CAREER: Two-Dimensional Straintronic Field Effect Transistor

Project: Research project

Project Details


Proposal Number: 2042154

Principal Investigator: Saptarshi Das

Title: CAREER: Two-Dimensional Straintronic Field Effect Transistor

Institution: Pennsylvania State Univ University Park

Nontechnical Abstract:

Energy efficient computing will revolutionize next generations of smart and secure electronic devices, and benefit all sectors of modern society including agriculture, healthcare, automation, communication, defense, and infrastructure. In fact, the 21st century, which promises to thrive on big data, remote sensing, Internet-of-Things (IoT) and so on, demands novel devices, which can operate with power so frugal that ambient energy harvesting may accommodate all of their needs. The conventional silicon based complementary metal oxide semiconductor technology is inadequate for achieving such goals necessitating novel material discovery and device level innovations. This may be achieved in two-dimensional straintronic field effect transistors by utilizing a unique property of two-dimensional materials, namely, strain induced dynamic bandgap engineering and integrating it with piezoelectric nanotransducers, which will be explored in the proposed research.

Technical Abstract

The aim of the proposal is to experimentally demonstrate steep slope switching in two-dimensional straintronic field effect transistors (2D SFET) exploiting in-operando and uniaxial strain engineering in 2D transition metal dichalcogenides (TMDCs). The 2D SFET can defy the thermodynamic limit imposed by Boltzmann statistics in conventional metal oxide semiconductor field effect transistors (FET) and achieve sub-60mV/decade subthreshold swing at room temperature along with high on-state performance. Realization of 2D SFET requires monolithic integration of 2D TMDC based FETs with piezoelectric (PE) ceramic based nanotransducers. The PE expands in response to an applied gate bias and transduces an out-of-plane stress on the 2D channel material reducing its bandgap. The result is an internal voltage amplification that leads to steep slope switching. While static, in-plane, and biaxial strain is used in conventional silicon technology, dynamic strain engineering is a relatively uncharted territory. Consequently, exploration of novel straintronic devices based on novel 2D TMDCs will add new fundamental knowledge towards advancing concepts for resolving critical computing needs and grand engineering challenges. Furthermore, the proposed straintronic platform will offer exciting opportunities to develop novel concepts including straintronic neuromorphic devices (SNDs) for brain-inspired computing, straintronic memory devices (SMDs) for in-memory computing, and straintronic security devices (SSDs) for secure computing.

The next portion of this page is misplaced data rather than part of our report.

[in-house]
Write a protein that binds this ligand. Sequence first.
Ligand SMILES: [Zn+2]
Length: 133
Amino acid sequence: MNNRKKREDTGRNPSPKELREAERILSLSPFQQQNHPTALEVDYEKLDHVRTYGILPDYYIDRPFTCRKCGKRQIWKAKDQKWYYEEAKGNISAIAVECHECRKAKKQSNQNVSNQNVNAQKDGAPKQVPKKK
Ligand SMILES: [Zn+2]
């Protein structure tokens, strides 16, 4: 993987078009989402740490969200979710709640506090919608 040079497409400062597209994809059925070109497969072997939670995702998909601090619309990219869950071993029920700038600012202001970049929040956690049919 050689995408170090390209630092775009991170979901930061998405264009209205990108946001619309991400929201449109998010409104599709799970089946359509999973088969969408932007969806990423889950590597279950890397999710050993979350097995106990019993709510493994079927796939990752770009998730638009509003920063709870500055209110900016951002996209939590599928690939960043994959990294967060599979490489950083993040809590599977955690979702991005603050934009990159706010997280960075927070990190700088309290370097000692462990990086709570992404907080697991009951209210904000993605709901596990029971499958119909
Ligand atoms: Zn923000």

This award reflects NSF's statutory mission and has been deemed worthy of support through evaluation using the Foundation's intellectual merit and broader impacts review criteria.

Effective start/end date3/1/212/28/26


  • National Science Foundation: $400,000.00


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